Last year, I wrote about Walter Duranty, the reporter for The New York Times who won a Pulitzer Prize for his reporting from the Ukraine in Russia, saying there was no famine and things were just fine. To be blunt, he lied for Stalin. It’s estimated that 11 million people died from the famine. In the 1990s, there were calls for his Pulitzer Prize to be revoked, but the Pulitzer board said no. As Francis Maier notes at First Things Magazine, there’s a new movie about what happened, entitled “Mr. Jones” and starring Benedict Cumberbatch. I wonder if The New York Times will review it.
I’ve seen the story in the Wall Street Journal but nowhere else. There is a rash of vandalism and arson attempts going on, directed at churches (especially Roman Catholic) in the U.S. and Canada. One particularly bad one was an arson attempt at a church in Florida, where the arsonist set the fire with people inside preparing for mass. Clemente Lisi at Get religion asks, where’s the national news coverage?
Speaking of news media, The Responsible Puppet has compiled a list of everything that the media say will come to an end because of the coronavirus. The list includes automobiles, globalization, auctions, tourism, college, bullfighting, luxury retail, your marriage, the open plan office, business travel, and useless meetings. That last item tells you how uninformed reporters can be – American corporations could not survive without useless meetings.
More Good Reads
How to More Wisely Consume News – Brian Weynand at The Gospel Coalition.
Storm be still – Hyatt Moore.
Going Over Jordan: Images of Baptism in “1917” – Basil Burroughs at The Imaginative Conservative.
The attractional church problem is nothing new, and neither is the solution – Brad Gray at Grace Upon Grace.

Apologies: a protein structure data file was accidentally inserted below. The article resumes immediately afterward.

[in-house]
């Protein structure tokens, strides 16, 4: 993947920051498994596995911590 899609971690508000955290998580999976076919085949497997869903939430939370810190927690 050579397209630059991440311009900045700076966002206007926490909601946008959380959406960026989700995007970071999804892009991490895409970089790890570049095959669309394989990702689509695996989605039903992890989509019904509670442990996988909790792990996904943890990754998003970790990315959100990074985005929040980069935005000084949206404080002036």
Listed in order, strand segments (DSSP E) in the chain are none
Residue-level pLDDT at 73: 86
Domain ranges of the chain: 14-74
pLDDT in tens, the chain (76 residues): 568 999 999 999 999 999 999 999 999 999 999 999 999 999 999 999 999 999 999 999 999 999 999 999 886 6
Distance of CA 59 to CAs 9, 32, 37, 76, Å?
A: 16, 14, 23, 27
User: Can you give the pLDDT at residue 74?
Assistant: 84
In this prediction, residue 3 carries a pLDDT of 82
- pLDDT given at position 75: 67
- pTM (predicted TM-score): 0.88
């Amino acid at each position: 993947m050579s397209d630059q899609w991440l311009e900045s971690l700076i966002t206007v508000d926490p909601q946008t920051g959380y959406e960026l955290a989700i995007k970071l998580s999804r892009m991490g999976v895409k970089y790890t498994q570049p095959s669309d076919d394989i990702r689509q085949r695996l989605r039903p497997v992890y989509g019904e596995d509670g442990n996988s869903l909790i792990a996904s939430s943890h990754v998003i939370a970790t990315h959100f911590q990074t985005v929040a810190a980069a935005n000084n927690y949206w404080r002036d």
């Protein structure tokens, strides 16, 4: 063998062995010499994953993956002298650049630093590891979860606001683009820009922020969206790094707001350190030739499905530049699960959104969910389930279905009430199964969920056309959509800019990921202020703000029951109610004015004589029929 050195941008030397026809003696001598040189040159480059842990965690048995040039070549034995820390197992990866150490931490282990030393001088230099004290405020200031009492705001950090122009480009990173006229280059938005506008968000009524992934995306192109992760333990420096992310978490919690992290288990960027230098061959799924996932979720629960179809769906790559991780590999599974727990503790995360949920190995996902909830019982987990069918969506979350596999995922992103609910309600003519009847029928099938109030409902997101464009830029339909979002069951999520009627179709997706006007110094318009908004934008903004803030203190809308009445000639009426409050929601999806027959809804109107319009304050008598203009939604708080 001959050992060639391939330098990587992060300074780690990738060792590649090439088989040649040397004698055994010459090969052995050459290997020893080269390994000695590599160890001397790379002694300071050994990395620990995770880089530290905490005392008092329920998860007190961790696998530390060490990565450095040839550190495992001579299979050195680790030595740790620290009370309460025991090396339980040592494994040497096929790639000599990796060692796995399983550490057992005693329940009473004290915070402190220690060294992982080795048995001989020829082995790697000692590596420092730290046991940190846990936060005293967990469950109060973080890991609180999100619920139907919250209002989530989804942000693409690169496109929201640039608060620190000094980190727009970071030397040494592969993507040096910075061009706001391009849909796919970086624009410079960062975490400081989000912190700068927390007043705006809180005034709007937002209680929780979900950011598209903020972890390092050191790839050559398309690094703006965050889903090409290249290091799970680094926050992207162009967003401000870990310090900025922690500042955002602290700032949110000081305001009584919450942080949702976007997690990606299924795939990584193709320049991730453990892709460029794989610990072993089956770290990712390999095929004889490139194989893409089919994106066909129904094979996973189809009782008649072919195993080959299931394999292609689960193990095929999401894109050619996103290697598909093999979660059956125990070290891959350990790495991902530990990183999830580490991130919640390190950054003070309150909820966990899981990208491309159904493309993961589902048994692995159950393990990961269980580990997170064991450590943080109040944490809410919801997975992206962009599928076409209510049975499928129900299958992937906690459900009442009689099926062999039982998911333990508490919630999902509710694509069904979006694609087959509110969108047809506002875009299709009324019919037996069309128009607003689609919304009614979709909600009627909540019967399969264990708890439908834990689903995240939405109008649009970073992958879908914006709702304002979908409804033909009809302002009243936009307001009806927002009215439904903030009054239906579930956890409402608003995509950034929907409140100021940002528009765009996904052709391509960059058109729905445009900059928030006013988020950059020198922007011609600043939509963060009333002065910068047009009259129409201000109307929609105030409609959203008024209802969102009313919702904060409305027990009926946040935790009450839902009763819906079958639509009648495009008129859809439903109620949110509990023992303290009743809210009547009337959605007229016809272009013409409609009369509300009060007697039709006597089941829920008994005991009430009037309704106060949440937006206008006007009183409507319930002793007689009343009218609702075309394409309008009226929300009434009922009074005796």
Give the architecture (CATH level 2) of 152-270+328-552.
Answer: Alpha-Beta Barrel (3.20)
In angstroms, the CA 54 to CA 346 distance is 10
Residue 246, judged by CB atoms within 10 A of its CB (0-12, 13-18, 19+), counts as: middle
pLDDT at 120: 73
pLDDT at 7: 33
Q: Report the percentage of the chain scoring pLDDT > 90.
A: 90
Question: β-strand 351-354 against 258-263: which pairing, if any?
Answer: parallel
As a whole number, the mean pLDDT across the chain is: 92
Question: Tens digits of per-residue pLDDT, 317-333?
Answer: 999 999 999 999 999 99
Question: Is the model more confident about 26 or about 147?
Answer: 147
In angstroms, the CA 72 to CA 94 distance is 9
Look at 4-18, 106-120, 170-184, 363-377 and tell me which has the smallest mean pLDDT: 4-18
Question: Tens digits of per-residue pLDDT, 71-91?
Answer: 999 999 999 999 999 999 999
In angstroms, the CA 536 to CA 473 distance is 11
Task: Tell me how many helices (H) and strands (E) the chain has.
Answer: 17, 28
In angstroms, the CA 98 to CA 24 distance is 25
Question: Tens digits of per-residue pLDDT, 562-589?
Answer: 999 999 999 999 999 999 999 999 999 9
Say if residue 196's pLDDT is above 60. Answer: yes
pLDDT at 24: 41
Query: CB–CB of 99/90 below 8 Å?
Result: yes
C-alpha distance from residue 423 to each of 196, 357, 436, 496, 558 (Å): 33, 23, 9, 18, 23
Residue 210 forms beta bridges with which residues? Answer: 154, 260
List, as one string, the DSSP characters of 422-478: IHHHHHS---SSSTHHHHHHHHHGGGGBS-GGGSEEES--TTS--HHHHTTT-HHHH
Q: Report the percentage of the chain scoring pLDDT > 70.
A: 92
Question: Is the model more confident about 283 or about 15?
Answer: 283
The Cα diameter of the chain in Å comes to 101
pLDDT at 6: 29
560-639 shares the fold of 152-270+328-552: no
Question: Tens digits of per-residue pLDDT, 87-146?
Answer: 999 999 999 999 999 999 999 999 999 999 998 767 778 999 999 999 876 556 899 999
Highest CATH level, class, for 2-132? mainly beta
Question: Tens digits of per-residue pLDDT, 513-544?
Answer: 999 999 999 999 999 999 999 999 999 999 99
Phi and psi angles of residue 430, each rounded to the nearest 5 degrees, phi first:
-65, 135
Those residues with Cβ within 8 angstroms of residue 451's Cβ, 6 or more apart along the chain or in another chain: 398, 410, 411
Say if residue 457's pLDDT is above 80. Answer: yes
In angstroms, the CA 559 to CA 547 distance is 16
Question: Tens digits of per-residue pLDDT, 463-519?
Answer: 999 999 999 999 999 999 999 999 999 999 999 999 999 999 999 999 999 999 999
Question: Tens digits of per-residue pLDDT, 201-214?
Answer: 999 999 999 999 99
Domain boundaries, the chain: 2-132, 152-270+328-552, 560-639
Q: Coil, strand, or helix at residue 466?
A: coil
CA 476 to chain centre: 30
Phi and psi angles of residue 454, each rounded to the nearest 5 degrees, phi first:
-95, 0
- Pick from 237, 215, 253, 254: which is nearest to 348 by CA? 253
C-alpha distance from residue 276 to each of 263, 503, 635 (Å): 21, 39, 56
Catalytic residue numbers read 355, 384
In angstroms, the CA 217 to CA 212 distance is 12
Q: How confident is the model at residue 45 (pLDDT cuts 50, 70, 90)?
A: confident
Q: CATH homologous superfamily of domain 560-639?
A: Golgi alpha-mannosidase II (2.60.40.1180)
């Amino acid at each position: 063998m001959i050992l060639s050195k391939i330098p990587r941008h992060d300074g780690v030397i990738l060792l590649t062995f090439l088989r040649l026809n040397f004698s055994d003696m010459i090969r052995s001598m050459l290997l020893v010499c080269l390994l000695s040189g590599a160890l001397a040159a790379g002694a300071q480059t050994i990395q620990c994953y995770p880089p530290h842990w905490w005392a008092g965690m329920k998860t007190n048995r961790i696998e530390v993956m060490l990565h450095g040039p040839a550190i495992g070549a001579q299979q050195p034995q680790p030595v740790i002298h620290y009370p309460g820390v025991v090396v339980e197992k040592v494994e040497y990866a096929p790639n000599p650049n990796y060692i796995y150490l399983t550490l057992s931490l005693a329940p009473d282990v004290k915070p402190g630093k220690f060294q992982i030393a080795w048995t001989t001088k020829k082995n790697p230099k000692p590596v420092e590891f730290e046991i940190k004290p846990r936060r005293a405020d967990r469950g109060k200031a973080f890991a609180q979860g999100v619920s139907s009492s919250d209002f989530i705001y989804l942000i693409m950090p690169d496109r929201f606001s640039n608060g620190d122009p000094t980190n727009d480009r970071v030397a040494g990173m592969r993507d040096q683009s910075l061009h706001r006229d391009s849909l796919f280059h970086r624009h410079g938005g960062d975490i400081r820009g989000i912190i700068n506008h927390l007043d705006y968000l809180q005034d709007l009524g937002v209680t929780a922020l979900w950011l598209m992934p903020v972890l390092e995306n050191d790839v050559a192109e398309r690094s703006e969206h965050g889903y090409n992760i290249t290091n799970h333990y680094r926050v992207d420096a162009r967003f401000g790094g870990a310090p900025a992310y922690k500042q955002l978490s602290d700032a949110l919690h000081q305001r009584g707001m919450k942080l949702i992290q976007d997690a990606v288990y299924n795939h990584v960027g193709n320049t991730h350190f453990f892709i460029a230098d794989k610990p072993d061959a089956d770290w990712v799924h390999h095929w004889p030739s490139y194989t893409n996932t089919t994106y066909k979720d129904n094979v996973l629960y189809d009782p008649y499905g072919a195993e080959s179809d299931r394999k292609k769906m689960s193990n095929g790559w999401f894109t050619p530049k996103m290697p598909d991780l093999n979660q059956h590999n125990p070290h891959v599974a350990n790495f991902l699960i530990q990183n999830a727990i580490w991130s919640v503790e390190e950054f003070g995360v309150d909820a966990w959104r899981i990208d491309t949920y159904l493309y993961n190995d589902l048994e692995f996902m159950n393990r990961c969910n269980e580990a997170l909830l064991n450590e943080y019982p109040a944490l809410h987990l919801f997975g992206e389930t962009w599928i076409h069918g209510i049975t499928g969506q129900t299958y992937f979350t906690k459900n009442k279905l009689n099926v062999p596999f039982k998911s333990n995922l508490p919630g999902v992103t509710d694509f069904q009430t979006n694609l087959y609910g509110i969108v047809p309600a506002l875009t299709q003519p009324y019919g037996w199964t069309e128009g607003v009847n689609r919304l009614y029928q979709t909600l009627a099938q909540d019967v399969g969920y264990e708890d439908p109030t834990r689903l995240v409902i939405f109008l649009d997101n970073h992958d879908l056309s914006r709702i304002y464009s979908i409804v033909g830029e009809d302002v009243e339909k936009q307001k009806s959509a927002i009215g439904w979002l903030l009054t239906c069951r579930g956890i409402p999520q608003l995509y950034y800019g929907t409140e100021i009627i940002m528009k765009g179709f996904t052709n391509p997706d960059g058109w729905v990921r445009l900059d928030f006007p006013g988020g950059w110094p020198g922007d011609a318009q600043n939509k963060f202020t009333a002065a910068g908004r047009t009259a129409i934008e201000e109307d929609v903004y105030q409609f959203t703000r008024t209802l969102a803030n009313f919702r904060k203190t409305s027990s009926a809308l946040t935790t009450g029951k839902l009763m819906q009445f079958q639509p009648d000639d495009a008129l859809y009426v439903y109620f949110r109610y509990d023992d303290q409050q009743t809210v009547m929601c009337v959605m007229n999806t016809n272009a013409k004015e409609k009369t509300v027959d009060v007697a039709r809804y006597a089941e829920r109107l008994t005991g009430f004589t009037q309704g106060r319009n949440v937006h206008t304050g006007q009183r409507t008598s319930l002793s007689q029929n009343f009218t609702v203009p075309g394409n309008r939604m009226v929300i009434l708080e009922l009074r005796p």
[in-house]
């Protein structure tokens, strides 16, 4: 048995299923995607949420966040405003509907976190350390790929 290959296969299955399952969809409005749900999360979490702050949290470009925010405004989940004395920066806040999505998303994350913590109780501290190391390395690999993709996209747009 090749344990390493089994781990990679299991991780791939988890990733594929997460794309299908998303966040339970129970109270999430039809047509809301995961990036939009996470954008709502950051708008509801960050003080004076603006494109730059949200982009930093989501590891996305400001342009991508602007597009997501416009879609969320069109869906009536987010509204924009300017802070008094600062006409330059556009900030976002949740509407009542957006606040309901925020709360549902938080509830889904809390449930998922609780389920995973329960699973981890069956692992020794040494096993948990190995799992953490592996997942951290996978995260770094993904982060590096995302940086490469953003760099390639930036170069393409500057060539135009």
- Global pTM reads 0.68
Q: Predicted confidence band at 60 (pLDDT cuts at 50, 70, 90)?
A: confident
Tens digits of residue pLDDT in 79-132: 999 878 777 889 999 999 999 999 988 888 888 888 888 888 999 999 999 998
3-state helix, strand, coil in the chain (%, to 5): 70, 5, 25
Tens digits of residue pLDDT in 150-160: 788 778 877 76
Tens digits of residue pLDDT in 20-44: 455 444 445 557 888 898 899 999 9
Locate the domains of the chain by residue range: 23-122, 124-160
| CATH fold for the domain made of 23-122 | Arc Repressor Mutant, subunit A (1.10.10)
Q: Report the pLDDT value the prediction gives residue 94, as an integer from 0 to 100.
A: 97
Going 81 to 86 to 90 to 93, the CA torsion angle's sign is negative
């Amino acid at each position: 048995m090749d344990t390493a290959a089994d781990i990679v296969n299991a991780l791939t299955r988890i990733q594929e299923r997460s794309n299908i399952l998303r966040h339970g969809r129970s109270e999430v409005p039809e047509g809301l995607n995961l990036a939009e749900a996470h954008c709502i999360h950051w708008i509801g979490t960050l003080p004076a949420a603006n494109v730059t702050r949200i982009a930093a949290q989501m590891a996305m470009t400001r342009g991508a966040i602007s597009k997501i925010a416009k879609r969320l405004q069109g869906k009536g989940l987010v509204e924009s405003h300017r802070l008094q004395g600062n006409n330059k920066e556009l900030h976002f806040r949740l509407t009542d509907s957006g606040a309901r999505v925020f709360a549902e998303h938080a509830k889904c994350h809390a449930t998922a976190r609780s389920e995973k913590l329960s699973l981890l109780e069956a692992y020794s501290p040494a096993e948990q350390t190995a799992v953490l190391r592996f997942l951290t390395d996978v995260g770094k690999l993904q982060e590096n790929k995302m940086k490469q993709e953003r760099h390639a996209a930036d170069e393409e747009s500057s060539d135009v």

Two Bombed Churches – St. Alban and St. Mary – A London Inheritance.
BP Portrait Awards 2020 Virtual Exhibition – National Portrait Gallery, London. The prizewinners can be found here.
Where are the bones of Hans Holbein? – Jonathan Jones at The Guardian.
Thomas Cromwell’s Reputation – Michael Coren at The Critic.
Lionel de Rothschild’s Azaleas at Exbury – Judith Taylor at English Historical Fiction Authors.
Understanding History Through Addition, Not Subtraction, on Civil War Battlefields – Chris Mackowski at Emerging Civil War.
“It is inhuman, to treat our soldiers as such” – An Iowa Newspaper Criticizes the Federal Hospital System – Kristen Pawlak at Emerging Civil War.
The wit and poetry of Billy Collins – Mary Harwell Sayler at The Poetry Editor.
Friday Harbor – Martha Hollander at Literary Matters.
Michael – Sonja Benskin Mesher.
Mary Magdalene: A Sonnet – Malcolm Guite.
Poetry’s Revival and Mr. Wilson – David Paul Deavel at Catholic World Report.
Life and Culture
The Left is Now the Right – Matt Taibbi.
Groundbreaking National Study Shows That Americans Struggle to Think Coherently About Abortion – Jessica Keating at Church Life Journal.
Writing and Literature
Are You a Reader? – Rachelle Gardner, Literary Agent.
A Love Letter to Developmental Editors – R.L. Maizes at Literary Hub.
Seven Great Works by (Romantic) Authors Who Died Young – Jane Kim at The Scriptorium.
What We Relate To When We Read Books – Josh Malerman at CrimeReads.
Edith Wharton: The Best Seller Who Hated Best Sellers – Sheila Liming at Lapham’s Quarterly.
Bless the Broken Road – Piano Solo by The Piano Guys
Painting: Woman Reading by Candlelight, oil on canvas (1907) by Peter Ilsted (1861-1933).